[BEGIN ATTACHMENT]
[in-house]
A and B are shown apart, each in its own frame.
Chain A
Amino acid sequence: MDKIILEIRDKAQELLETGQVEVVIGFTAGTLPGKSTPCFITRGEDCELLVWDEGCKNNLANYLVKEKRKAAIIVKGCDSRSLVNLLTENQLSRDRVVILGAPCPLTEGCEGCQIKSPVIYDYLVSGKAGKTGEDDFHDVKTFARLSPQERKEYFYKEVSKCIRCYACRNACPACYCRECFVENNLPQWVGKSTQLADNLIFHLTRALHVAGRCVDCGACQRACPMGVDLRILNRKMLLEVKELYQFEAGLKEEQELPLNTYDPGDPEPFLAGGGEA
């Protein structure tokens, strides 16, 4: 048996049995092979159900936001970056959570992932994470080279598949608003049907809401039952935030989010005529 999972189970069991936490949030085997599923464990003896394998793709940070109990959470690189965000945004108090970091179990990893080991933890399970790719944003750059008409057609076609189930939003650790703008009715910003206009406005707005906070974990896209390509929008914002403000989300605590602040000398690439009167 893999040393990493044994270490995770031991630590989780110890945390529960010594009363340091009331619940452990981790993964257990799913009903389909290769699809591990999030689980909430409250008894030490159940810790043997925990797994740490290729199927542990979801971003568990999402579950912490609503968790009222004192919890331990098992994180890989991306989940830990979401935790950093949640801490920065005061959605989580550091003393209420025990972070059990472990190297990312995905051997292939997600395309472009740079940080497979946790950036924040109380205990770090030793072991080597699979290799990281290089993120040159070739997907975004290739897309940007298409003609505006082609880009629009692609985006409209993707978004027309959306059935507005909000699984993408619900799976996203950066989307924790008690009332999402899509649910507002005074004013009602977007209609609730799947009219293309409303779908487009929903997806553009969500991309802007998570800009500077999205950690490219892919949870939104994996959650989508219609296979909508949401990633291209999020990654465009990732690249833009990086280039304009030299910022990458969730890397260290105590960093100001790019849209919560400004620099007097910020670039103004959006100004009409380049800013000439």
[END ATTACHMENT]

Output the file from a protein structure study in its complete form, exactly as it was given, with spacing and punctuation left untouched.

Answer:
[in-house]
A and B are shown apart, each in its own frame.
Chain A
Amino acid sequence: MDKIILEIRDKAQELLETGQVEVVIGFTAGTLPGKSTPCFITRGEDCELLVWDEGCKNNLANYLVKEKRKAAIIVKGCDSRSLVNLLTENQLSRDRVVILGAPCPLTEGCEGCQIKSPVIYDYLVSGKAGKTGEDDFHDVKTFARLSPQERKEYFYKEVSKCIRCYACRNACPACYCRECFVENNLPQWVGKSTQLADNLIFHLTRALHVAGRCVDCGACQRACPMGVDLRILNRKMLLEVKELYQFEAGLKEEQELPLNTYDPGDPEPFLAGGGEA
């Protein structure tokens, strides 16, 4: 048996049995092979159900936001970056959570992932994470080279598949608003049907809401039952935030989010005529 999972189970069991936490949030085997599923464990003896394998793709940070109990959470690189965000945004108090970091179990990893080991933890399970790719944003750059008409057609076609189930939003650790703008009715910003206009406005707005906070974990896209390509929008914002403000989300605590602040000398690439009167 893999040393990493044994270490995770031991630590989780110890945390529960010594009363340091009331619940452990981790993964257990799913009903389909290769699809591990999030689980909430409250008894030490159940810790043997925990797994740490290729199927542990979801971003568990999402579950912490609503968790009222004192919890331990098992994180890989991306989940830990979401935790950093949640801490920065005061959605989580550091003393209420025990972070059990472990190297990312995905051997292939997600395309472009740079940080497979946790950036924040109380205990770090030793072991080597699979290799990281290089993120040159070739997907975004290739897309940007298409003609505006082609880009629009692609985006409209993707978004027309959306059935507005909000699984993408619900799976996203950066989307924790008690009332999402899509649910507002005074004013009602977007209609609730799947009219293309409303779908487009929903997806553009969500991309802007998570800009500077999205950690490219892919949870939104994996959650989508219609296979909508949401990633291209999020990654465009990732690249833009990086280039304009030299910022990458969730890397260290105590960093100001790019849209919560400004620099007097910020670039103004959006100004009409380049800013000439």